Breaking the Bias: Simple Ways to Create an Inclusive Workplace that Works
It’s no secret that business leaders have been making an effort to empower women and embrace gender diversity and inclusion in recent years, and it’s refreshing to see unique initiatives here and there. It’s almost exhilarating, really, to learn about their efforts and the lengths most are willing to do today to achieve inclusivity. However, even to this point, it often comes short as there is still much to be done, and that’s not really surprising.
You see, gender inequity in the workplace goes way back. It’s a deeply rooted systemic issue, and to truly address and somehow correct it, you’ll have to go deeper because it definitely doesn’t just mean hiring more women – although that’s a pretty good way to start small. So, as we are still in the midst of celebrating National Women’s Month, we’re going past technicalities, fragile masculinity and the ever-so-limiting social norms in the workplace that we have somehow gotten used to in order to look into the almost forgettable and basic ways to either start or improve gender inclusivity at work.
Before we proceed, here are my two cents to ease you in on the first thing: if we really want this to work, we must first be genuine, clear with our intentions, and really start from within, so on top of this list is to...
Recognize the existence of unconscious bias
And no, not just in your surroundings, but also in yourself. You’re only human, and, well, unconscious bias is inherently human. And since we’re on a mission to eliminate inequality in the workplace, we should be open to the idea that we are, in fact, biased. We should make an effort to develop self-awareness of the unspoken opinions that we have at the back of our minds that can greatly drive or influence our decisions and actions towards others – whether or not we mean for them to do so. I know it’s not easy but go get in your mind. Once you’ve figured that out, you can now push yourself to counteract them, perhaps by improving your knowledge about those you might be biased against. And being more informed of such unconscious bias within, you’ll be more capable of spotting such tendencies in the workplace, allowing you to better enforce measures and make adjustments to deter them.
Important note, by the way: having a bias doesn’t make you a bad person.
Create an inclusive recruiting strategy
It would take more than just recruiting a few individuals from underrepresented groups or creating a diverse workforce to say that you have an inclusive workplace. To truly achieve inclusivity, a hiring process that actually levels the playing field for all applicants is crucial (although that’s still just the tip of the iceberg). It can be achieved by making necessary tweaks in your hiring strategy to create a process that actively recognizes diversity and openly welcomes professionals with a wide range of qualities and perspectives from different backgrounds. Among the many things you can do to jumpstart your efforts is remove gender biases from your job descriptions, intentionally and proactively build diverse talent pipelines, and set up diverse interview panels.
Give each individual a voice and an opportunity
As I stated above, a hiring process that provides equal opportunity for all to work only scratches the surface. If the goal is to create an inclusive workplace that works and not just a workplace with a diverse workforce, it’s not enough for all genders to be included. So, another way to follow through with your efforts is to build an organization where your employees have a voice and an environment where they feel safe enough to use that voice to speak up. Take steps to turn your organization into one that welcomes opinions from different perspectives and offers equal opportunities for them to grow and thrive and achieve new heights.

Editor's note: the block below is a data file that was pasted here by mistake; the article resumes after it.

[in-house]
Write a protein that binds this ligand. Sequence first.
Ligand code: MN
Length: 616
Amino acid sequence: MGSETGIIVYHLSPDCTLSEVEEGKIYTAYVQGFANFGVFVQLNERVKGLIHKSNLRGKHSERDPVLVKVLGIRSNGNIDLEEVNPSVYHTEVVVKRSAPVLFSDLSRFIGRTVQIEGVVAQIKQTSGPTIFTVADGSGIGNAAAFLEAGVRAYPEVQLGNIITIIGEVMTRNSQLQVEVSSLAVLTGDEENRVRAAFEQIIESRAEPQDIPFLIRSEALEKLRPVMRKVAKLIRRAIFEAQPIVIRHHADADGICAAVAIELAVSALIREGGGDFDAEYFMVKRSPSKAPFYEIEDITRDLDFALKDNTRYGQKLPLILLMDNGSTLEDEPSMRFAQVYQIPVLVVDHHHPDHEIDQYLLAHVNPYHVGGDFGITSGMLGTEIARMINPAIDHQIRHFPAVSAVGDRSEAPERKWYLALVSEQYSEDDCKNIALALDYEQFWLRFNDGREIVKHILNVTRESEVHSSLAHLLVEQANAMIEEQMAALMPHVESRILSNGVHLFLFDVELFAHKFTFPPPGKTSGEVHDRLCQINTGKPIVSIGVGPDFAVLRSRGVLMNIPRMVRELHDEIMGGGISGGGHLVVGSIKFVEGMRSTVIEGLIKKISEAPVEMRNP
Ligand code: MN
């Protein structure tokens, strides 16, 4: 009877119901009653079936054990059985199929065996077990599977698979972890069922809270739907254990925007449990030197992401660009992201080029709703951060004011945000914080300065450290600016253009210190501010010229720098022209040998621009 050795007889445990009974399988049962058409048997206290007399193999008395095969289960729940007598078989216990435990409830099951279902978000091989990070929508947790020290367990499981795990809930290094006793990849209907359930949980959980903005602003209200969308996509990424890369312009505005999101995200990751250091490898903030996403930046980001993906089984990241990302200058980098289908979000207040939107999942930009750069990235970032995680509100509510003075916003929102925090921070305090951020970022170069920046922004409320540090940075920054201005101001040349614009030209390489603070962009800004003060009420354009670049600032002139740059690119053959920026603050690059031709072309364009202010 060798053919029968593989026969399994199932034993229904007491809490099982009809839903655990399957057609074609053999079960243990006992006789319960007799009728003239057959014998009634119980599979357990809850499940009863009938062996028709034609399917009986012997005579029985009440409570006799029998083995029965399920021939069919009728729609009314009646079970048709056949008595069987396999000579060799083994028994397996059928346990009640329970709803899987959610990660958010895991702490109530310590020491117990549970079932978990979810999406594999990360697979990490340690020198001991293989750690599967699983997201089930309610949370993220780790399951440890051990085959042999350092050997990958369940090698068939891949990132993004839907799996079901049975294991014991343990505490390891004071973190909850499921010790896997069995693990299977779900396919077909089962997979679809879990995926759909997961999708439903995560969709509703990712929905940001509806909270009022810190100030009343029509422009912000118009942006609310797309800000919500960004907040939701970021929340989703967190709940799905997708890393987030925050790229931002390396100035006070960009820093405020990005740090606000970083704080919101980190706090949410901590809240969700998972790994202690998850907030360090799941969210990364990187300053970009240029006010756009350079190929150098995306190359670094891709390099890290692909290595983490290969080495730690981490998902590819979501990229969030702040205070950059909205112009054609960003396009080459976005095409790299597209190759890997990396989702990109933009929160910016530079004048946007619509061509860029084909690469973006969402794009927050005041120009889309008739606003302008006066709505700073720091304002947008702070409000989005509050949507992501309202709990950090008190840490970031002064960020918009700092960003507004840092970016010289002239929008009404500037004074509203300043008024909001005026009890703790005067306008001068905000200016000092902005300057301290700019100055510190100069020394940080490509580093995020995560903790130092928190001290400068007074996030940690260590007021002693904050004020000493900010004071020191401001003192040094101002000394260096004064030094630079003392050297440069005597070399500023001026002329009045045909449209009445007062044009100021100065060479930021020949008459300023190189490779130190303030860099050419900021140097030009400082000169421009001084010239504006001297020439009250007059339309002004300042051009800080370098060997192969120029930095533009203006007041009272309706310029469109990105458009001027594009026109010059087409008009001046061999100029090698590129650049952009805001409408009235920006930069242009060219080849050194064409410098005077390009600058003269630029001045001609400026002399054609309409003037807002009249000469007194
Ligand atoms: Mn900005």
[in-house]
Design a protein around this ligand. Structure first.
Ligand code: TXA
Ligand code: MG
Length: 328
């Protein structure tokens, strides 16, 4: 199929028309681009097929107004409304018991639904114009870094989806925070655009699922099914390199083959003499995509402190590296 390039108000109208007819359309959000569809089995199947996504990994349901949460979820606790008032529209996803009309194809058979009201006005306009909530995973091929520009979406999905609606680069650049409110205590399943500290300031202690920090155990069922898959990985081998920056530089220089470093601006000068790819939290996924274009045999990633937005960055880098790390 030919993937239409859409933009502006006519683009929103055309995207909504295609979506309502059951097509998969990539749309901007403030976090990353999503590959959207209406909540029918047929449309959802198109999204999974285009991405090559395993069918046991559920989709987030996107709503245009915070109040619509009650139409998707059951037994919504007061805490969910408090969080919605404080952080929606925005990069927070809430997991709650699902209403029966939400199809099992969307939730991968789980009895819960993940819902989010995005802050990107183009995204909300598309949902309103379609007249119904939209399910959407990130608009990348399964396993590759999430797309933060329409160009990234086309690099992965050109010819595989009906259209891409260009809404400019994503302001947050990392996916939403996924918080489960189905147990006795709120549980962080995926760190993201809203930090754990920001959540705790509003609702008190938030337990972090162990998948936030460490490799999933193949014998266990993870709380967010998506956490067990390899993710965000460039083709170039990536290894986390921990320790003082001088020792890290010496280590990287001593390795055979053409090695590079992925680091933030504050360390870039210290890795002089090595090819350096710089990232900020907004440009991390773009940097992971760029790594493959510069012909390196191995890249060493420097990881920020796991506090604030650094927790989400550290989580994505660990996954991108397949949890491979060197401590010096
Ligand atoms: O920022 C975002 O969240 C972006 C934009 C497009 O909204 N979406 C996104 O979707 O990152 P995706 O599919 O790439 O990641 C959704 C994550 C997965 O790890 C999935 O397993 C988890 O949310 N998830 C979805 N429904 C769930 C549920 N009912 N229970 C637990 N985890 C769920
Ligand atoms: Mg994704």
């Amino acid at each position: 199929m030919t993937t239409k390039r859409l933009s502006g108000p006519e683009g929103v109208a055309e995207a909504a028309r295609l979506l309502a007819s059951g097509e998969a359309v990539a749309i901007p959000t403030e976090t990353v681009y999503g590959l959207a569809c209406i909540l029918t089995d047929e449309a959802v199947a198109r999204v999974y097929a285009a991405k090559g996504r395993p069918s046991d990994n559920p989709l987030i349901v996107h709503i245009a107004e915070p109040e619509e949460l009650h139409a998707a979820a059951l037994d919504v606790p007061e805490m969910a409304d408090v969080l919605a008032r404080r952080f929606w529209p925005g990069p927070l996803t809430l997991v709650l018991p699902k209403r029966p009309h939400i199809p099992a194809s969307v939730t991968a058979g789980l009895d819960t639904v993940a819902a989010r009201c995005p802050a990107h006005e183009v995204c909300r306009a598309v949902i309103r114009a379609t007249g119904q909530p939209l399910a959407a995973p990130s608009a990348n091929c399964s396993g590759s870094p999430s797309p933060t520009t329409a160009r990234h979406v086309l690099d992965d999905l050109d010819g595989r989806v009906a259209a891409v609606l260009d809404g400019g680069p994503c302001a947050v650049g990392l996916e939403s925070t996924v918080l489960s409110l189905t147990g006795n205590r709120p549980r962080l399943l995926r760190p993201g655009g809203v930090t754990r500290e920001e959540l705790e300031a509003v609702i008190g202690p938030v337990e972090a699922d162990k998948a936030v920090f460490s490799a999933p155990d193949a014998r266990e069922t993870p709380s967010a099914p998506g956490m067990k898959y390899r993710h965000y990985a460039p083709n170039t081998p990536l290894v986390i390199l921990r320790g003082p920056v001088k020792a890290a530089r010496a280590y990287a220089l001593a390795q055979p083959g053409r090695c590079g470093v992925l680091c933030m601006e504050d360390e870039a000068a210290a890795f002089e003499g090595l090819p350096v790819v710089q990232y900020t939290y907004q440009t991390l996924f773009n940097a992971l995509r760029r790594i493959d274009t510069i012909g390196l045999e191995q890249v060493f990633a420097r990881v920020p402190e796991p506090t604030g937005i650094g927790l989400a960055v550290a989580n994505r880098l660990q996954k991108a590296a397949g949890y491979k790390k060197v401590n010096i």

The most obvious way to do this is by providing training and support to help every employee develop more skills and progress into more senior roles in the company. You should also take the initiative to set the stage for them to show what they’re capable of by giving them an equally divided workload and assigning them to lead critical projects. Another simple yet powerful move to uplift the spirits of employees is to include them in executive panels and crucial meetings where they are rightfully needed.
Lead by example
Finally, to fully achieve inclusivity beyond diversity alone, you’ll need a leader who understands the cause and knows how to practice what they are meant to preach. With this, the effort to educate everyone about inclusion at work must include leaders like the board, senior executives, and the upper-level management to really drive the change you are aiming for. It may be up to everyone to make the workplace better, but with leaders such as yourself being looked up to by their subordinates, you ought to learn to lead the change in order to ensure the creation of a workplace that works for everyone. After all, leaders are meant to inspire and set an example, so do so and hold yourselves accountable for improving diversity and inclusion.
If we're really aiming to cultivate inclusion to build a workplace that works for everyone, it will definitely require conscious effort, commitment, and, of course, consistency to truly effect change, but the very first thing it requires is for you to actually take the first step. So, think it over and if it's too overwhelming or complicated, start with something as simple as paying attention to your employees' preferred pronouns or hearing them out every now and then.
For more discussions on business development, company culture and career advancement, feel free to explore our IN THE MIDDLE and HEADHUNTED sections, where you can find solutions for aspiring professionals and middle managers.